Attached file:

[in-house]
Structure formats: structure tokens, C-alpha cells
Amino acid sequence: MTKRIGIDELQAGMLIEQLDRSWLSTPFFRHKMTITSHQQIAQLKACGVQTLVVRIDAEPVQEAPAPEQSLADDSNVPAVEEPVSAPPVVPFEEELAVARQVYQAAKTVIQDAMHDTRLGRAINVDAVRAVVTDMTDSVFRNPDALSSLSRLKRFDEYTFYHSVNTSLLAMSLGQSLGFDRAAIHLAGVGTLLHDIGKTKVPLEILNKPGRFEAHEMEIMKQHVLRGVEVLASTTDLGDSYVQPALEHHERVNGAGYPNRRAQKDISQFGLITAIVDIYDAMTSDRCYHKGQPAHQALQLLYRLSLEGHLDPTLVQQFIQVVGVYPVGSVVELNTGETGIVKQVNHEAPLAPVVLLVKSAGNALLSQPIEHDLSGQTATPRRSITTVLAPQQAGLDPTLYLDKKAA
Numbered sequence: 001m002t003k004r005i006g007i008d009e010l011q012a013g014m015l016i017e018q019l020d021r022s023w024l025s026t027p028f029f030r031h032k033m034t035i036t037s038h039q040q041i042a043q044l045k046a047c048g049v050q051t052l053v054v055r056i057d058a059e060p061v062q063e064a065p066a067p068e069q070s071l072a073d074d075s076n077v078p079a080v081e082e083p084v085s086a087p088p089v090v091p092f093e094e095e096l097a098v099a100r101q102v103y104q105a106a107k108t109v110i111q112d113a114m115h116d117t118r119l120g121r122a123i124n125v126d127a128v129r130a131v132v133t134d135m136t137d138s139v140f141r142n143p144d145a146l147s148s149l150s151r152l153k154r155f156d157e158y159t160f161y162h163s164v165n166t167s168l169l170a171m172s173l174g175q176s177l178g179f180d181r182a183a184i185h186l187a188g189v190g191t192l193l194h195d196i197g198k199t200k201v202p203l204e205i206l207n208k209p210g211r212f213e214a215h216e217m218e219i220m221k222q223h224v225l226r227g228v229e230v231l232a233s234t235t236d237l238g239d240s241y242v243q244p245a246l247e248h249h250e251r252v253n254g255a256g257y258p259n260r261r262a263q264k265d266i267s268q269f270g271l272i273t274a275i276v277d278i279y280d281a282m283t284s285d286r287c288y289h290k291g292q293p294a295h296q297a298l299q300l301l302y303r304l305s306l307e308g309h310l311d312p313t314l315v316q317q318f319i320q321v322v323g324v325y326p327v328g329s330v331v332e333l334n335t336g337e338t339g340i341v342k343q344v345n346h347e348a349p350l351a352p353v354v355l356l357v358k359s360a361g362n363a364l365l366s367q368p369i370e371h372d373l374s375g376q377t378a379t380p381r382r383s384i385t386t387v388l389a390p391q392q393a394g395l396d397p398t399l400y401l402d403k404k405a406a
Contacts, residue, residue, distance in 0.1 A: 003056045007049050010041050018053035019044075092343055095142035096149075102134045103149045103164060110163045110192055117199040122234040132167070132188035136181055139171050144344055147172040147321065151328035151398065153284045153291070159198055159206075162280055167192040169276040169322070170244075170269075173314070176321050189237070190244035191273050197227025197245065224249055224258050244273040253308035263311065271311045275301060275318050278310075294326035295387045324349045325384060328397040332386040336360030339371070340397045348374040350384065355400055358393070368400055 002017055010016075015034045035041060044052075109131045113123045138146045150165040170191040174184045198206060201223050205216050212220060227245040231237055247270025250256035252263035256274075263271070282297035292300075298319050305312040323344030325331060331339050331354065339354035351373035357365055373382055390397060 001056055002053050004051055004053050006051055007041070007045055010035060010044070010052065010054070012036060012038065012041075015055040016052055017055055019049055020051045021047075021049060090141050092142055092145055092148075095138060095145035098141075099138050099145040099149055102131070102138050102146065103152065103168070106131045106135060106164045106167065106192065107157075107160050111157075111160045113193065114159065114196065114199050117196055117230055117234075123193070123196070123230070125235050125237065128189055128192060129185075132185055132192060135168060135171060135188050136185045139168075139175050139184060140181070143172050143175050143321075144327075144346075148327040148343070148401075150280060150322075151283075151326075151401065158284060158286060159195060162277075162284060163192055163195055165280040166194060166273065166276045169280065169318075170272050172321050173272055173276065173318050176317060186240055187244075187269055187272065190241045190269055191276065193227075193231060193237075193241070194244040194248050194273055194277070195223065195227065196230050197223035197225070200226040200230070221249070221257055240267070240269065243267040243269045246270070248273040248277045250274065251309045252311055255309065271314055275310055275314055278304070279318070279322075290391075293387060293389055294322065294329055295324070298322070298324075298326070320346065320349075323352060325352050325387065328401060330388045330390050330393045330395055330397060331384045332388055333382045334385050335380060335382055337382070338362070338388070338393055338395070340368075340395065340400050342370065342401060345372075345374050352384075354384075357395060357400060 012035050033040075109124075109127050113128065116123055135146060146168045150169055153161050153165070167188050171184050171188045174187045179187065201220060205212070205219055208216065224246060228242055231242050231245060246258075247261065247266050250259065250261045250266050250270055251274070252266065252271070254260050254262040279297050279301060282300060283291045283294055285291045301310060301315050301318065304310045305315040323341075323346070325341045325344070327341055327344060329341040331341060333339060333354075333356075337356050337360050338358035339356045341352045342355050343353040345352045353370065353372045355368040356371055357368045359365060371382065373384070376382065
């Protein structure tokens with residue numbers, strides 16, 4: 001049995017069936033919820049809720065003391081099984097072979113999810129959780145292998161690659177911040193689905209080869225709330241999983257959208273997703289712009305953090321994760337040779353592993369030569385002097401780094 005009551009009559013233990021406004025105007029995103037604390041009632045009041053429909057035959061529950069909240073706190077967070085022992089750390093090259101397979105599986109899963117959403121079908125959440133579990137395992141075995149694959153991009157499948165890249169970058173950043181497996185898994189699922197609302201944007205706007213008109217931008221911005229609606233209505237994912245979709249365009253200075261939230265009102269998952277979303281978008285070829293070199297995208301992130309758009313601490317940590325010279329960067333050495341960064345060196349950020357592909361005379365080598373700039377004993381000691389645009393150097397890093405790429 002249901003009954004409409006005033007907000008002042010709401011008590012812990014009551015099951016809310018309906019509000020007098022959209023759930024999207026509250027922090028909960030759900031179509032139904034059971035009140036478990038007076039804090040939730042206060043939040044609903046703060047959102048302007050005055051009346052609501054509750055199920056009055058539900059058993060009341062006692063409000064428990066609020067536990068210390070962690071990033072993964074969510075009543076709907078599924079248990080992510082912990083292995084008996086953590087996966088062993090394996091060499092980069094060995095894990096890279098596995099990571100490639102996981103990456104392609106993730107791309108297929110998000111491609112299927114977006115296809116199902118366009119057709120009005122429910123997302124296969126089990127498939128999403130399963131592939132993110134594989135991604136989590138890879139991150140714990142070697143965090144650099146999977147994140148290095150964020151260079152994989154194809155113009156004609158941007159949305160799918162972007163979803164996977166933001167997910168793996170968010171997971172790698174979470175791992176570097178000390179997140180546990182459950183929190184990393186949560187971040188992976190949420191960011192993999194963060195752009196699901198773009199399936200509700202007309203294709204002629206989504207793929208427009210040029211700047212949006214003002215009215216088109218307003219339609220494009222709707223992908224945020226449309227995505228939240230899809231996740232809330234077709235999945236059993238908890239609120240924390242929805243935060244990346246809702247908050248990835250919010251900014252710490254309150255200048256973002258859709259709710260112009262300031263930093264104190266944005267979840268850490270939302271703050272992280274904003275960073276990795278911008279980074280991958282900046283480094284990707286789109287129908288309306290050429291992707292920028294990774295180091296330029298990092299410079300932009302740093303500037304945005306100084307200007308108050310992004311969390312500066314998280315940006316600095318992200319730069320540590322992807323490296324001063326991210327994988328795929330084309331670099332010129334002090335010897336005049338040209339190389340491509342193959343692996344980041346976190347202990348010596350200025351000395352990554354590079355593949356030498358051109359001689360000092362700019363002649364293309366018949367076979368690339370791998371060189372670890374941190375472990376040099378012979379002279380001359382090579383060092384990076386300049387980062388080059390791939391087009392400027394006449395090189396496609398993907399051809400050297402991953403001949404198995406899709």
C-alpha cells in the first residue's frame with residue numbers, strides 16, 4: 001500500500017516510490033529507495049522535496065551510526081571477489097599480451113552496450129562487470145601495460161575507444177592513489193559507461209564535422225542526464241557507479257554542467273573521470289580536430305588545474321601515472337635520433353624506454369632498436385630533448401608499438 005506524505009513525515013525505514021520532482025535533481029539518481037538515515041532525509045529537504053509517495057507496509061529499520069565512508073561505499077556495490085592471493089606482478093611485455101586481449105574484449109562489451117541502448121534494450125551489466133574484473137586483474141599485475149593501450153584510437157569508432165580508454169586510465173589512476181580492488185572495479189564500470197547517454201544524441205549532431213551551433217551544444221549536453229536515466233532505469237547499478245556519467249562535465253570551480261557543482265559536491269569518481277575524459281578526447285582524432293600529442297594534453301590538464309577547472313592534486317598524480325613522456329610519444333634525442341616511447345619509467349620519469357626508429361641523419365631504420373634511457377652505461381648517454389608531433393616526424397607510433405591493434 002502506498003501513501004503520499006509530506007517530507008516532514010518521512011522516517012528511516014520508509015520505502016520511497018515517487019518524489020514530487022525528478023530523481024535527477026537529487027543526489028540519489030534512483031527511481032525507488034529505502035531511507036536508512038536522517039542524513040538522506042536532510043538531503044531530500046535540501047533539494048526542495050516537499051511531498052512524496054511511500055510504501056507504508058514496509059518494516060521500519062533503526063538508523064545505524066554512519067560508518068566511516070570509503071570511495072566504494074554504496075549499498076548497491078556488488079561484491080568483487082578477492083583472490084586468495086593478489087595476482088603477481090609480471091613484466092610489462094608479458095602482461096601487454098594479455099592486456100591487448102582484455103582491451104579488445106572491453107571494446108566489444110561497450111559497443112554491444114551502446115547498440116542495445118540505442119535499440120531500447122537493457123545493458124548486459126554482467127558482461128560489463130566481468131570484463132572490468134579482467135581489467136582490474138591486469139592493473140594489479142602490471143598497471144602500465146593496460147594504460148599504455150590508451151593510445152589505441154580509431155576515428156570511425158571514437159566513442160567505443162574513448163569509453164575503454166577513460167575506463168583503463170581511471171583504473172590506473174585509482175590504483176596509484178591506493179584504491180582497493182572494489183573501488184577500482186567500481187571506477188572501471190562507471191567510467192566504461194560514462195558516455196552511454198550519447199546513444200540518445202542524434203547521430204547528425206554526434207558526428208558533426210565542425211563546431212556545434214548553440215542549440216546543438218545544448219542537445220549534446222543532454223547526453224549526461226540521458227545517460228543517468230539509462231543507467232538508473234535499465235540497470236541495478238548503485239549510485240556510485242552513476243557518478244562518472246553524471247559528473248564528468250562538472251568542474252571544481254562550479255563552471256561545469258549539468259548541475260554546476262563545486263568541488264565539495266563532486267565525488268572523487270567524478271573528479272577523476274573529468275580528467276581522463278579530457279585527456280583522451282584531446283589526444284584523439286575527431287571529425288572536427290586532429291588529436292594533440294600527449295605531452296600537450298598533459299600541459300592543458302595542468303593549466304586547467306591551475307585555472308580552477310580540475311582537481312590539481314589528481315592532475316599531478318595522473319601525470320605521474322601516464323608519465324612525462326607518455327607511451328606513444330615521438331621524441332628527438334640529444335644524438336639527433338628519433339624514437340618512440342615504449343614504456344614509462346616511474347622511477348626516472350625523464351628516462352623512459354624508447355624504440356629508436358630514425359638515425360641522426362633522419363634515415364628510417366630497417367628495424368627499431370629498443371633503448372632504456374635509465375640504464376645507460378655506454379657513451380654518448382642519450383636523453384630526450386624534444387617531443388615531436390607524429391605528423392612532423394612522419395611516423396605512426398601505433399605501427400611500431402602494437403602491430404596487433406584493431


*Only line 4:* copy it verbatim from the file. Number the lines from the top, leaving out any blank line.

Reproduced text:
Numbered sequence: 001m002t003k004r005i006g007i008d009e010l011q012a013g014m015l016i017e018q019l020d021r022s023w024l025s026t027p028f029f030r031h032k033m034t035i036t037s038h039q040q041i042a043q044l045k046a047c048g049v050q051t052l053v054v055r056i057d058a059e060p061v062q063e064a065p066a067p068e069q070s071l072a073d074d075s076n077v078p079a080v081e082e083p084v085s086a087p088p089v090v091p092f093e094e095e096l097a098v099a100r101q102v103y104q105a106a107k108t109v110i111q112d113a114m115h116d117t118r119l120g121r122a123i124n125v126d127a128v129r130a131v132v133t134d135m136t137d138s139v140f141r142n143p144d145a146l147s148s149l150s151r152l153k154r155f156d157e158y159t160f161y162h163s164v165n166t167s168l169l170a171m172s173l174g175q176s177l178g179f180d181r182a183a184i185h186l187a188g189v190g191t192l193l194h195d196i197g198k199t200k201v202p203l204e205i206l207n208k209p210g211r212f213e214a215h216e217m218e219i220m221k222q223h224v225l226r227g228v229e230v231l232a233s234t235t236d237l238g239d240s241y242v243q244p245a246l247e248h249h250e251r252v253n254g255a256g257y258p259n260r261r262a263q264k265d266i267s268q269f270g271l272i273t274a275i276v277d278i279y280d281a282m283t284s285d286r287c288y289h290k291g292q293p294a295h296q297a298l299q300l301l302y303r304l305s306l307e308g309h310l311d312p313t314l315v316q317q318f319i320q321v322v323g324v325y326p327v328g329s330v331v332e333l334n335t336g337e338t339g340i341v342k343q344v345n346h347e348a349p350l351a352p353v354v355l356l357v358k359s360a361g362n363a364l365l366s367q368p369i370e371h372d373l374s375g376q377t378a379t380p381r382r383s384i385t386t387v388l389a390p391q392q393a394g395l396d397p398t399l400y401l402d403k404k405a406a